Objective: LIPA gene mutations result in deficiency of lysosomal acid lipase and present phenotypically as Wolman disease or cholesteryl ester storage disease (CESD) depending on the level of deficiency. Patients with CESD may often be misdiagnosed because symptoms may be nonspecific. Symptoms may present in infancy if there is complete loss of lysosomal acid lipase or in early childhood or adulthood when there is partial loss. The purpose of the present study is to review the literature for pediatric cases of CESD to better understand the phenotype of CESD.
Methods: A PubMed search of all English-language publications from 1966 through June 2012 for pediatric CESD case reports using the following key words CESD, fatty liver, and NAFLD was performed. All of the cases were reviewed and information regarding age, sex, presenting symptoms, and pertinent laboratory tests were recorded.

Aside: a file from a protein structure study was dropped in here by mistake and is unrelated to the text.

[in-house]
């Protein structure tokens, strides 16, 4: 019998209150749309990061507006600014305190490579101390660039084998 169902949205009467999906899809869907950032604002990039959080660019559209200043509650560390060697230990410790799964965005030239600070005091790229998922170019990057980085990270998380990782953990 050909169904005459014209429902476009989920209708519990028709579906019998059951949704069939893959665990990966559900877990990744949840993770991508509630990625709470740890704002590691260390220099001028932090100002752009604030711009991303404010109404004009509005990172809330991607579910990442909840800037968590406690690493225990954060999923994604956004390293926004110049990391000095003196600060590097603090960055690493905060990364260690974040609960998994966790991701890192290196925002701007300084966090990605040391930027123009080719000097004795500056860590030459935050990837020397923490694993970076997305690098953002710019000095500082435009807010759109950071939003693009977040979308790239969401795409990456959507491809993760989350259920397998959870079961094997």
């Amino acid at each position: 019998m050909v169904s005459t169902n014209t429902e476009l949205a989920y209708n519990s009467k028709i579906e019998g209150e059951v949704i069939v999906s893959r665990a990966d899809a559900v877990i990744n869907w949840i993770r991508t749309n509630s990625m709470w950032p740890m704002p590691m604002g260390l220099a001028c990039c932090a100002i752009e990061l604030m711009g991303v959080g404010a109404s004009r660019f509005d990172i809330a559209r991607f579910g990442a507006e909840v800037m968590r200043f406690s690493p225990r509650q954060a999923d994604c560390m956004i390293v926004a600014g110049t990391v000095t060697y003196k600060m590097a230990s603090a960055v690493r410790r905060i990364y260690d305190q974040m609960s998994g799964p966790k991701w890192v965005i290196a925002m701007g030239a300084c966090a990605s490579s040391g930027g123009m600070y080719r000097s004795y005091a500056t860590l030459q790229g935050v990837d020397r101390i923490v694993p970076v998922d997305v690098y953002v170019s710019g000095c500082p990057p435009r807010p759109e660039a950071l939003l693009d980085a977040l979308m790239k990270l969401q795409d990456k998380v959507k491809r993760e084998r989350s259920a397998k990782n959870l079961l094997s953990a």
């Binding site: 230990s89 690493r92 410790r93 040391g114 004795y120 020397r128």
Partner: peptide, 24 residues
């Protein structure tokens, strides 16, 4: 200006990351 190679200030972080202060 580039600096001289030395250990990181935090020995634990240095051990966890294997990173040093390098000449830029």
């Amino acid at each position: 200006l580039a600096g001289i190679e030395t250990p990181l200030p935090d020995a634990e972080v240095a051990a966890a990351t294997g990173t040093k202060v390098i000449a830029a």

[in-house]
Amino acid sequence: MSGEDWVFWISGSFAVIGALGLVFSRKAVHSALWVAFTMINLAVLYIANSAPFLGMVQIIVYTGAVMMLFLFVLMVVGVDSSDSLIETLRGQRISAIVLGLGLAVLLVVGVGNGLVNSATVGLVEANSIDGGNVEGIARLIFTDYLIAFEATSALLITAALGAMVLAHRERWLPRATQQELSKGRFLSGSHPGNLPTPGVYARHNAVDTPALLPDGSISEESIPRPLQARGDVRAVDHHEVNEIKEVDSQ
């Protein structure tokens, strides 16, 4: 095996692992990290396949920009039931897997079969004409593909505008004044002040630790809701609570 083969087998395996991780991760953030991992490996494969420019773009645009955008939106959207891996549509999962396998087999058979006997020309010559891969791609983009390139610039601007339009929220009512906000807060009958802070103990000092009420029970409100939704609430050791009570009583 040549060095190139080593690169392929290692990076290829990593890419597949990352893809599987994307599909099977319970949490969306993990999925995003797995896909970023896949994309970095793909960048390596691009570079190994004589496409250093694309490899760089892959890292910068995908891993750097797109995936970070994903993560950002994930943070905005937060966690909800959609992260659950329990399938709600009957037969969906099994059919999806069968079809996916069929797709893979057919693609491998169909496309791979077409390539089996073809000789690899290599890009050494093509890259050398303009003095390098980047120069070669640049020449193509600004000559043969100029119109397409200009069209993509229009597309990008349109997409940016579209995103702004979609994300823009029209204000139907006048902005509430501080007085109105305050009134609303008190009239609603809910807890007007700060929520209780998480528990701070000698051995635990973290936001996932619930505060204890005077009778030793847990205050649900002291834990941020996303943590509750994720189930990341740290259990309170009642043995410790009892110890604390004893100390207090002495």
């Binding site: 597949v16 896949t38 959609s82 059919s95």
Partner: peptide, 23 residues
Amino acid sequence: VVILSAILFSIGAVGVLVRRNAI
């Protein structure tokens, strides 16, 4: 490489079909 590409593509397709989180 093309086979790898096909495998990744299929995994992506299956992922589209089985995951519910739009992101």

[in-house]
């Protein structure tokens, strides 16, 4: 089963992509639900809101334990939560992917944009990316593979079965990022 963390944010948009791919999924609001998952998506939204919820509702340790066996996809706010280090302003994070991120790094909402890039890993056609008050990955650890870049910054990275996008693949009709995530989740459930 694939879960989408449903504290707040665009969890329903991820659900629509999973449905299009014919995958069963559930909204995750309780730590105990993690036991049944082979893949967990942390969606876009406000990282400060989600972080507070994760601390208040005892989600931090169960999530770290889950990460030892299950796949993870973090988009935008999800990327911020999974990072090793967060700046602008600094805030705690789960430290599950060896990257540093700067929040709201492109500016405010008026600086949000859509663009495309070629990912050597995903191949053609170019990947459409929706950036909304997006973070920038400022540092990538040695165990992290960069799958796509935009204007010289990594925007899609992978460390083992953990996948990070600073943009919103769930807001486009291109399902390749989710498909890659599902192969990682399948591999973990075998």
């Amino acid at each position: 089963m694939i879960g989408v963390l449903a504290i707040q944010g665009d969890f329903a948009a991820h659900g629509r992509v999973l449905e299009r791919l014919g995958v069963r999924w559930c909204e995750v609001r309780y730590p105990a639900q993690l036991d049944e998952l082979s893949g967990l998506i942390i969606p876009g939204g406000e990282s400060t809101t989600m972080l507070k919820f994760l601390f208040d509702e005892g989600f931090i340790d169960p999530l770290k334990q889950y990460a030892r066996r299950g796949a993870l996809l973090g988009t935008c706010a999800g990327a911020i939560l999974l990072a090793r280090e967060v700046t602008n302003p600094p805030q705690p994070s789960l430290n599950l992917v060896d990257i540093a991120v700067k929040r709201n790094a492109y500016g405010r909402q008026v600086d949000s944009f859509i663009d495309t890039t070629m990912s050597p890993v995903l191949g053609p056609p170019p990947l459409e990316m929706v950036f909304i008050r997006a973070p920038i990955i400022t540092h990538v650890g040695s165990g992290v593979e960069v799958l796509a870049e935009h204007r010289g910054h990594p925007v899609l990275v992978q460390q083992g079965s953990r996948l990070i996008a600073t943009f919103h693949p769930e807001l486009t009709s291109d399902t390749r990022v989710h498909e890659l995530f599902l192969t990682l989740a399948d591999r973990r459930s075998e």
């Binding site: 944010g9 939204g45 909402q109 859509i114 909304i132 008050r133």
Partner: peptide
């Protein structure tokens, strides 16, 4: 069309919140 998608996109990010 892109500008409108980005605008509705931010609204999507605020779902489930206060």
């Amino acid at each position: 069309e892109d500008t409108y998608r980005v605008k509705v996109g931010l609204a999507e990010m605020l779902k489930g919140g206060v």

Results: Seventy-one cases were culled from 39 published case reports. Nearly two-thirds of these patients presented with their first symptoms when they were younger than 5 years. Hepatomegaly and splenomegaly were common features. Serum transaminases and lipids were often elevated. Gastrointestinal symptoms were noted in approximately one-third of cases. Two-thirds of patients had liver fibrosis.
Conclusions: CESD has an estimated incidence as high as 1 in 40,000, which means that it is presently underdiagnosed. Education about common symptoms of CESD as well as a higher level of suspicion for screening for CESD will lead to earlier diagnosis. New treatments for CESD including possible enzyme replacement therapy make early diagnosis especially important.
Yale University School of Medicine, New Haven, CT.
Address correspondence and reprint requests to Anthony F. Porto, Department of Pediatrics, Section of Gastroenterology and Hepatology, Yale University School of Medicine, 333 Cedar Street, New Haven, CT 06510 (e-mail: Anthony.email@example.com).
Received 5 July, 2012
Accepted 1 February, 2013
The authors report no conflicts of interest.